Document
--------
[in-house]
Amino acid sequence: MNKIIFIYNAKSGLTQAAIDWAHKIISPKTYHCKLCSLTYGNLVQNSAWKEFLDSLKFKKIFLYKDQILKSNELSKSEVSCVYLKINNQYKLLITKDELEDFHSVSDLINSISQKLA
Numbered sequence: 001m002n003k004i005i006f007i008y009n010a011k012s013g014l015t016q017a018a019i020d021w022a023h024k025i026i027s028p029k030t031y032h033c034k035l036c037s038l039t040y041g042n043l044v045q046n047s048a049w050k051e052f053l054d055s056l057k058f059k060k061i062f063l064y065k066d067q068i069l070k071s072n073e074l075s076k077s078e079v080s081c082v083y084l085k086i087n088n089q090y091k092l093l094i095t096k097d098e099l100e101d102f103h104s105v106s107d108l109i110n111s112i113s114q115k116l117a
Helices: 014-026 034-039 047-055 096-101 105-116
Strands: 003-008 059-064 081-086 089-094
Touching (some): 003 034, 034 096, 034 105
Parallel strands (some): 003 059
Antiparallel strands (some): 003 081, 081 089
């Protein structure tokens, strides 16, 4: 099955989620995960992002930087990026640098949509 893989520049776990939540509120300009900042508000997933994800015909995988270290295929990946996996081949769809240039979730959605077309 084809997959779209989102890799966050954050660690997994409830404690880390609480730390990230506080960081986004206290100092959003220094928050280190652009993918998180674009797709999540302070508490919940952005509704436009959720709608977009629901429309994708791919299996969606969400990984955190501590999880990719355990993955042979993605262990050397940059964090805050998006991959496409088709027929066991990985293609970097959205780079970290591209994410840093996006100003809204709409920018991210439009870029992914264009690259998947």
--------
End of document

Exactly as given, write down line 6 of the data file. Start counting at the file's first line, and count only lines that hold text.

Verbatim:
Touching (some): 003 034, 034 096, 034 105